especially when it comes to literature, folk dancing, philosophy, classical music, traditional folk music, ballet,
architecture, painting, cinema, animation and politics, which all have had considerable influence on world culture.
Russia also has a rich material culture and a tradition in technology.
Russian culture grew from that of the East Slavs, with their pagan beliefs and specific way of life in the
wooded, steppe and forest-steppe areas of Eastern Europe and Eurasia. Early Russian culture and people were
much influenced by Scandinavian influences, by Finno-Ugric tribes, by Tatar people, by the nomadic tribes of
the Eurasian Steppe (notably those of Kipchak-Turkic and Iranic origin) and (in the late 1st millennium AD) by
the Varangians (supposedly Scandinavian Vikings). Early Slavic tribes in European Russia were much shaped by
the fusion of Nordic-European and Oriental-Asian cultures which formed Russian identity in the Volga region
and in the state of Kievan Rus'. Orthodox Christian missionaries began arriving from the Eastern Roman Empire
in the 9th century, and Kievan Rus' officially converted to Orthodox Christianity in 988. This largely defined the
Russian culture of the next millennium as a synthesis of Slavic and Byzantine cultures. Rus' was expressed in the
self-assertion of its own Eurasian culture.[clarification needed] After Constantinople fell to the Ottmans in 1453,
Russia remained the largest Orthodox nation in the world and eventually claimed succession to the Byzantine
legacy in the form of the Third Rome idea. At different periods in Russian history, the culture of Western Europe
also exerted strong influences over Russian citizens. Since the reforms of Peter the Great (reigned 1682-1725),
for two centuries Russian culture largely developed in the general context of European culture rather than pursuing
its own unique ways. The situation changed in the 20th century, when the distinctive Communist ideology
imported from Europe became a major factor in the culture of the Soviet Union, where Russia, in the form of the
Russian SFSR, was the largest and leading part.

Nowadays, the Nation Brands Index ranks Russian cultural heritage seventh,[citation needed] based on interviews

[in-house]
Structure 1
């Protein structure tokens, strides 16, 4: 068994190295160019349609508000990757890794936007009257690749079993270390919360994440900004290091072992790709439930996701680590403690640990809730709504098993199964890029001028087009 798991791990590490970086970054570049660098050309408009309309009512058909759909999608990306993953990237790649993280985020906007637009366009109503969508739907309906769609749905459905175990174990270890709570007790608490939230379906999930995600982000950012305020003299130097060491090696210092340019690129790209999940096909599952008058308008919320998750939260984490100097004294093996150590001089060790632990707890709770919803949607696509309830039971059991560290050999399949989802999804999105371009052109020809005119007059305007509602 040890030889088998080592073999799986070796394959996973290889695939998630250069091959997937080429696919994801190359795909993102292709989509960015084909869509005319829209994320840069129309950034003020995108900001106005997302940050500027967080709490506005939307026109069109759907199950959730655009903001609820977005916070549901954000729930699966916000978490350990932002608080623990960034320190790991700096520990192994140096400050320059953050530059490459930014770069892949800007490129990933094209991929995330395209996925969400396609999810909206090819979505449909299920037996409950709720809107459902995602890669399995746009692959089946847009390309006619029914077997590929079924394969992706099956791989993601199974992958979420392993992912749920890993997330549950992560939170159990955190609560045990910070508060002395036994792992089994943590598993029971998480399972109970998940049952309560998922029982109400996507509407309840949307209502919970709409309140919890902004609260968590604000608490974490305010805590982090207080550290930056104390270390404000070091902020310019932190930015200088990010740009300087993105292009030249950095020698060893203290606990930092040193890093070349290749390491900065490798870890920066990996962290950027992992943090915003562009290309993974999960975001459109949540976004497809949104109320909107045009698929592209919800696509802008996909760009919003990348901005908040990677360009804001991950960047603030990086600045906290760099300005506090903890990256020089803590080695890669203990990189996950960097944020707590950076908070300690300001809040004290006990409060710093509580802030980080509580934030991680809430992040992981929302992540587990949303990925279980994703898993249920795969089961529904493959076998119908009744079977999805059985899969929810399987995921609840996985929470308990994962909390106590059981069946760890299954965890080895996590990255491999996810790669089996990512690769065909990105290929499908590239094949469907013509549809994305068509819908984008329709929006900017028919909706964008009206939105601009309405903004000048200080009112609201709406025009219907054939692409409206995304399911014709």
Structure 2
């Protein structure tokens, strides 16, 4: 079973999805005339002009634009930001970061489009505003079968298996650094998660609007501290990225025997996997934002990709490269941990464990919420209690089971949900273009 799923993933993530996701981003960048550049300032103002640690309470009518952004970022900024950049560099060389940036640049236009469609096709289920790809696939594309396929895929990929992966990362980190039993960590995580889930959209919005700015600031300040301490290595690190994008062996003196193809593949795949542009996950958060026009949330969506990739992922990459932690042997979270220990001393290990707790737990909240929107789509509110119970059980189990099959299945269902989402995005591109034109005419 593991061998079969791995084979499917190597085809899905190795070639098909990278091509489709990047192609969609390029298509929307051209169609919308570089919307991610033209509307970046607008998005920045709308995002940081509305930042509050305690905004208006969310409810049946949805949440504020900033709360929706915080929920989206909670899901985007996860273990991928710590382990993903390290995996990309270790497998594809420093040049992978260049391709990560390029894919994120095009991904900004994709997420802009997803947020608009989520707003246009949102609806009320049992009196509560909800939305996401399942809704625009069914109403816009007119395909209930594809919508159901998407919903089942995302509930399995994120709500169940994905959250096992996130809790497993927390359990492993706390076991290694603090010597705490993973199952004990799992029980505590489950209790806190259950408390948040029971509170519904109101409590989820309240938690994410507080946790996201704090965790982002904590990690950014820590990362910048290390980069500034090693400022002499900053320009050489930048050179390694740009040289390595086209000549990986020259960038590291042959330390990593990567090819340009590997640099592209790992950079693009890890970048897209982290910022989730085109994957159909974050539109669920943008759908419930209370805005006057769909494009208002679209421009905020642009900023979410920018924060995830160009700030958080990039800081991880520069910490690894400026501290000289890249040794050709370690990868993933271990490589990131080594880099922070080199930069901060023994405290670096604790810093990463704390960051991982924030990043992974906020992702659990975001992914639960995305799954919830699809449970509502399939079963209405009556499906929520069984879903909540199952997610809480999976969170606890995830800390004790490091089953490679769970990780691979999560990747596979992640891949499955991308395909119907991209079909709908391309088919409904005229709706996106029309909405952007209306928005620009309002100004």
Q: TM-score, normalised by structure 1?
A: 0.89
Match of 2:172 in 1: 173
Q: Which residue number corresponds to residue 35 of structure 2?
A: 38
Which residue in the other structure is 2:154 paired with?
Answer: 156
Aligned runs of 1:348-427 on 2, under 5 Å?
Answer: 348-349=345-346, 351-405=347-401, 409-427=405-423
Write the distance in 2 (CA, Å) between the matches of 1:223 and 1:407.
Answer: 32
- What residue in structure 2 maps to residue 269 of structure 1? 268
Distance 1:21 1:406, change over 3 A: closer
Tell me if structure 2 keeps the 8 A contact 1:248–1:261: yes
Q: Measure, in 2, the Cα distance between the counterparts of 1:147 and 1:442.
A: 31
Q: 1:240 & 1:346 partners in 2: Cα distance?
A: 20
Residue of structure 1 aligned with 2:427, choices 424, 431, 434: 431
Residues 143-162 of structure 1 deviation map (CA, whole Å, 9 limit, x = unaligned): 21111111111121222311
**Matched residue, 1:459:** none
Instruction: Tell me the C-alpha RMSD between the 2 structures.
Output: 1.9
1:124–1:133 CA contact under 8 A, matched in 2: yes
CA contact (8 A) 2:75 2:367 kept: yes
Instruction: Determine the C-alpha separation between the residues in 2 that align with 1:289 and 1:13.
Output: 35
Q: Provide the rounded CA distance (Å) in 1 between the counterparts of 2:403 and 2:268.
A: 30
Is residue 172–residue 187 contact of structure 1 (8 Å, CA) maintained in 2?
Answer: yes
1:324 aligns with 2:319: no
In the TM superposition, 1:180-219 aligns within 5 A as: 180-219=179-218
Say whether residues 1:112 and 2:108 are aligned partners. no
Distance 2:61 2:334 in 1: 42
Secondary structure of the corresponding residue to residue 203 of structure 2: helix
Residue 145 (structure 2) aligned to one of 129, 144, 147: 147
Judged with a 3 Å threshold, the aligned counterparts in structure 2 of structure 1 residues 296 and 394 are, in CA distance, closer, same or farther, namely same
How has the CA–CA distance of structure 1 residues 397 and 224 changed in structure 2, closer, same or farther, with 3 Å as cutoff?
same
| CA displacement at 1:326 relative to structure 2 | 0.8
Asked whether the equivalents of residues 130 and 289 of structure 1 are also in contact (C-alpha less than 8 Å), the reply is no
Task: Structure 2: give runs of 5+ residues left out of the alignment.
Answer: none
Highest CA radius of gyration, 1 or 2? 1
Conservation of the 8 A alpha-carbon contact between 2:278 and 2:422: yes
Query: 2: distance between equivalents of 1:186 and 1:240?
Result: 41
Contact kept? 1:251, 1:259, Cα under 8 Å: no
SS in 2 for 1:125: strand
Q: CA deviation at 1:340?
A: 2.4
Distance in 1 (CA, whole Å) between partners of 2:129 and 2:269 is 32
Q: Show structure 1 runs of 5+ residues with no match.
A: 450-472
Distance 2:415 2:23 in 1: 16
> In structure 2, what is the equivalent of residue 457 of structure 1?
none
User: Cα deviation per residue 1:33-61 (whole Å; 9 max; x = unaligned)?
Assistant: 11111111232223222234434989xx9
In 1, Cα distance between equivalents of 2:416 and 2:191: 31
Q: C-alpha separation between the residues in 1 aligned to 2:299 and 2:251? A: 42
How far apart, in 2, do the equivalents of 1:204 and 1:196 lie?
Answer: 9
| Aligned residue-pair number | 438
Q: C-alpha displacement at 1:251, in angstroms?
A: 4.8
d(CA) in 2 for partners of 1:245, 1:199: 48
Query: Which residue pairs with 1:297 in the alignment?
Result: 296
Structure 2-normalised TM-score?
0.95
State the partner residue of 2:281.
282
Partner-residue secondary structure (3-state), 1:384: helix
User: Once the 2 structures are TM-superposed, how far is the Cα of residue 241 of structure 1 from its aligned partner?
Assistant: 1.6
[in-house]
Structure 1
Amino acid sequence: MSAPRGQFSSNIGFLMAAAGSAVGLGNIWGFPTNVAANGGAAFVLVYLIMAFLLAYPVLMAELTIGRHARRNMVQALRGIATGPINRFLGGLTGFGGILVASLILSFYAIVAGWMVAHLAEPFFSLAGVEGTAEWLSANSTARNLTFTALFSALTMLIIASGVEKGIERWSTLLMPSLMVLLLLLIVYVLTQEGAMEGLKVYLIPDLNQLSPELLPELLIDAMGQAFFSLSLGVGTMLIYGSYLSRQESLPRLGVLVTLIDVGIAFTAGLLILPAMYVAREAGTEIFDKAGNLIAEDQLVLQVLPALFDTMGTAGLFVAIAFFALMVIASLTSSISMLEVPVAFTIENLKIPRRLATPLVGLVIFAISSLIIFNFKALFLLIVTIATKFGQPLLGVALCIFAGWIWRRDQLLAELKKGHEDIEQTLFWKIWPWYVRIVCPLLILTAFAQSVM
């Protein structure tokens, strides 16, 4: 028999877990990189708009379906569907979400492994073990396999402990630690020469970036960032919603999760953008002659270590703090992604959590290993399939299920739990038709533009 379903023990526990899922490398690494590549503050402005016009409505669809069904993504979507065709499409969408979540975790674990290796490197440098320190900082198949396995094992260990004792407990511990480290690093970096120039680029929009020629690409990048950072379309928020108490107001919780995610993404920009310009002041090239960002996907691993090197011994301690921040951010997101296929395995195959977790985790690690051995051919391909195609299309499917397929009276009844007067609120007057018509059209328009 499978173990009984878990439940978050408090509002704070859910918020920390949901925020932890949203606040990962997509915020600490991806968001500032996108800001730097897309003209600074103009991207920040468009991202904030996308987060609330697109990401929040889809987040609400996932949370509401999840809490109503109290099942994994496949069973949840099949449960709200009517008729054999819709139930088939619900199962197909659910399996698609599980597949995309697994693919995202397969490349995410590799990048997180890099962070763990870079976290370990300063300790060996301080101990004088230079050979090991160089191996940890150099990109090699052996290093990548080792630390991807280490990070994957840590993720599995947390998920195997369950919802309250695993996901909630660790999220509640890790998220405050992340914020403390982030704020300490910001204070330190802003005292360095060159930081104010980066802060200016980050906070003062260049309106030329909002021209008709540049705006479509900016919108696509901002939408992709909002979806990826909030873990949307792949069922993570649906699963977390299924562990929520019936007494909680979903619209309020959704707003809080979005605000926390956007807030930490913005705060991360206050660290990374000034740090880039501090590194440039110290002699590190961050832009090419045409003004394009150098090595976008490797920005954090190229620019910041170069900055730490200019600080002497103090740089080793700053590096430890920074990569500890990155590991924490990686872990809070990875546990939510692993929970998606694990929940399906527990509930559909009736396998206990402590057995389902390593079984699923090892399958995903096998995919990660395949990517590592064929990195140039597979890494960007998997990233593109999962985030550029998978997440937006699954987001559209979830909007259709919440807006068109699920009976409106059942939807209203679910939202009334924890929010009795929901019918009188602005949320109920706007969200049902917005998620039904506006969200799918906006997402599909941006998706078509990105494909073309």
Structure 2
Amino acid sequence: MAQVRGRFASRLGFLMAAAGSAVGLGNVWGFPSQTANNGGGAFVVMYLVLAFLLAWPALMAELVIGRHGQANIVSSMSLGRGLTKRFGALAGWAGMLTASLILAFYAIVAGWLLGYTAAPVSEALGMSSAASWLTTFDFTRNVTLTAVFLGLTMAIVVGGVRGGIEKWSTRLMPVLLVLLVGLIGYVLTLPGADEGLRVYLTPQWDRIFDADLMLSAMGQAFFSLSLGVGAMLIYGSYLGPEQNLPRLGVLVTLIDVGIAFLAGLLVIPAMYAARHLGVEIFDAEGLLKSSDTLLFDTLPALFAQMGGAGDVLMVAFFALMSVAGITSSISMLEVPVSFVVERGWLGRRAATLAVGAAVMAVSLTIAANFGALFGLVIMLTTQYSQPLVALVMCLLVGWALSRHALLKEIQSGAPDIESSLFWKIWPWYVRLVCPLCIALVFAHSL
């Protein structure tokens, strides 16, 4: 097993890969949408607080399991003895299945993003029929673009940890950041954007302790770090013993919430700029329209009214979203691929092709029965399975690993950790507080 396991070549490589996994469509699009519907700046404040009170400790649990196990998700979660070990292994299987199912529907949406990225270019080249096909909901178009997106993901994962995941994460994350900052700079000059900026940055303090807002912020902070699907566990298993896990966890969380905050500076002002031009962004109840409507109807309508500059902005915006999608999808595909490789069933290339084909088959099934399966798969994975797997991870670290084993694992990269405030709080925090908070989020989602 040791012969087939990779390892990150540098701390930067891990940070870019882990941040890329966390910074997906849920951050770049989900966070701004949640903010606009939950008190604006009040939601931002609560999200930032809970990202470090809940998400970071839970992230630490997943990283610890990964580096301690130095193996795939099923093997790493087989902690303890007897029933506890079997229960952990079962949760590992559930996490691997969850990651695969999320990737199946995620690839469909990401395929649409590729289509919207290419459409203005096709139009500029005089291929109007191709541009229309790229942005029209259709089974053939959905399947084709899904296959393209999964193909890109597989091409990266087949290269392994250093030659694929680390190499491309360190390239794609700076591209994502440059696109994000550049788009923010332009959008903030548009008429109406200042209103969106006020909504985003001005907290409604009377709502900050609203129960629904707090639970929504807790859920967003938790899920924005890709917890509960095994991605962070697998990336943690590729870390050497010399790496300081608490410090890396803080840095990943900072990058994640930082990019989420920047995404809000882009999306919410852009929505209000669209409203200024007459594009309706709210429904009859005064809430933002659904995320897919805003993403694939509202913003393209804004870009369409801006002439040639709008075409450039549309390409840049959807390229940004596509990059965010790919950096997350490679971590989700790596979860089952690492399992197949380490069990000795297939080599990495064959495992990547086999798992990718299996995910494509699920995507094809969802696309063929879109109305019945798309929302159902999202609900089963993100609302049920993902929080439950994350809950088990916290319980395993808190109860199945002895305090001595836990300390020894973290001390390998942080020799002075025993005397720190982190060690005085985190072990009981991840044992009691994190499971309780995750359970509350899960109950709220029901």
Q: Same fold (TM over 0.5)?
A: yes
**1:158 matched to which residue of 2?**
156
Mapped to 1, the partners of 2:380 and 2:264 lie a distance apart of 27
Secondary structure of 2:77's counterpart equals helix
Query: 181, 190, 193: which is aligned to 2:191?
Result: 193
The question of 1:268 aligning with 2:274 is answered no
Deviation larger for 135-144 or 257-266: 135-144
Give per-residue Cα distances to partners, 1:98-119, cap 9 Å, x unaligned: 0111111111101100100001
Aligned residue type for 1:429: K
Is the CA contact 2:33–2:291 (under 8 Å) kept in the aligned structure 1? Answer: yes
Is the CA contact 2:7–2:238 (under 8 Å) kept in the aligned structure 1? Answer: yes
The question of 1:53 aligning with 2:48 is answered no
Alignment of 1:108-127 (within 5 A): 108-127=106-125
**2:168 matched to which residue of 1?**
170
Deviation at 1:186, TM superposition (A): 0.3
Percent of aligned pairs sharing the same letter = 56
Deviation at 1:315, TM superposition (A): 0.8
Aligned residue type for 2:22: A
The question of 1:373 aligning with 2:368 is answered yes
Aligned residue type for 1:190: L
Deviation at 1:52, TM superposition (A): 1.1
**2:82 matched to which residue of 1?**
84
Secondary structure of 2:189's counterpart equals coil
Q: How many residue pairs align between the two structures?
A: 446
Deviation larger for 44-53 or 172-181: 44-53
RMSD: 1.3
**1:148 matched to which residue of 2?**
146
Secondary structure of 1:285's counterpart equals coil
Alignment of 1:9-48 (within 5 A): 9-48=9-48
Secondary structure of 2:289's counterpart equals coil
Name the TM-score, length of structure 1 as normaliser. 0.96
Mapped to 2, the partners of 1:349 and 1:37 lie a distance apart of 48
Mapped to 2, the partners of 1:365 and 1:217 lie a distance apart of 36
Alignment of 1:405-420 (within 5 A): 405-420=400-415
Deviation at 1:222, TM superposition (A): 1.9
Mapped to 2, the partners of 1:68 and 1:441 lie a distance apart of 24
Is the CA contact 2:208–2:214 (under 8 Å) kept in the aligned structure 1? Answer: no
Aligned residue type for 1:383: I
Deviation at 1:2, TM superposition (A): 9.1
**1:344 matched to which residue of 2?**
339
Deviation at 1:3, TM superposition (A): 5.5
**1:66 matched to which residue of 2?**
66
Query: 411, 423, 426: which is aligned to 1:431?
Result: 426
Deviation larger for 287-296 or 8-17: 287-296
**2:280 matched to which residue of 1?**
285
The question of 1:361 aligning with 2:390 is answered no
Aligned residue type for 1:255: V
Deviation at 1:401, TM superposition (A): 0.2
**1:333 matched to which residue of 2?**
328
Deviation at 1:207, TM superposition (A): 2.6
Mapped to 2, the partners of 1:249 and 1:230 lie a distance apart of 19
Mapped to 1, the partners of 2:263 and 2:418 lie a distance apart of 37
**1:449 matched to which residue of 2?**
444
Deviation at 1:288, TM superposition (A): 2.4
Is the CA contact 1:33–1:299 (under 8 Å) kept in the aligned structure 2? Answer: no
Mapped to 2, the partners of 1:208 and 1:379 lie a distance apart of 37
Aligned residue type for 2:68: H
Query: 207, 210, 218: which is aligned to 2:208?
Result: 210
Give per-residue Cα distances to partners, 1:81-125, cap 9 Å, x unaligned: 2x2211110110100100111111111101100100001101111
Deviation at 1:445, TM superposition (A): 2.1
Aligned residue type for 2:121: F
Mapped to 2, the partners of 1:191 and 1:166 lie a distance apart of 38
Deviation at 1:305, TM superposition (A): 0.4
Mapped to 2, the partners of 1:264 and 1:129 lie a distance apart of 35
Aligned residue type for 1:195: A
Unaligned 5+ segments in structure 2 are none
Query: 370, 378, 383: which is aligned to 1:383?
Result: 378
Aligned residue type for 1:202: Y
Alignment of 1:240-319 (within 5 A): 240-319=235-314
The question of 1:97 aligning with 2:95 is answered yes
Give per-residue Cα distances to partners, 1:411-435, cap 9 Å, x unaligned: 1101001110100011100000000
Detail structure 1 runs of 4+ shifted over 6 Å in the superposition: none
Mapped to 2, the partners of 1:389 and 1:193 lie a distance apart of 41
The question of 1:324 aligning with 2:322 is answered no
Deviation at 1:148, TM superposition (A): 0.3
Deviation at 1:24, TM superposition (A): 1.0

of some 20,000 people mainly from Western countries and from the Far East. Due to the relatively late
involvement of Russia in modern globalization and in international tourism, many aspects of Russian culture, like
Russian jokes and Russian art, remain largely unknown to foreigners.
Being on time to a business meeting in Russia is of the utmost importance. At least for one party, that is.
While Americans are expected to arrive not a second after the meeting's scheduled time, Russians may show up
as late as they desire and are unapologetic about it. The move is designed to test the patience of their U.S.
counterparts.
Do’s
 Check for Russian closed days- Plan your trip to Russia with keeping an eye on scheduled Russian
holidays because some holidays may bring parades, concerts or other fun activities, but sometimes you
may find historical places, museums and churches closed or having short visitors' hours.
 Bring gifts for your Russian hosts- If you are invited at a place of a Russian host then please do bring
some gift for them. Flower, cakes, wine anything but going empty handed is not liked.
It is also a good idea to present flowers, but in odd numbers because even numbers are reserved for funeral.
 Put some extra food in plate- If you are eating with Russian families then at the end do put down some
food in your plate to show that you have eaten ample food and now you are full.
Making wine sip in between the food is also considered good in Russian traditions.
 Follow Russian brands in Russia- Always try to present Russian branded gifts to your hosts unless you
have something really very special of some other country.
 Wear black in night club!- Planning to see the nightlife in Russia ? Dressed up in Russian styles as Russian
are very formal in their dressing behaviors.
The dress code is black for men while for women it is short skirts with high heels. This will get you hitched
with Russian quite easily.
 Formal greeting for everyone- Greet your Russian friend with shaking hands in formal meetings and if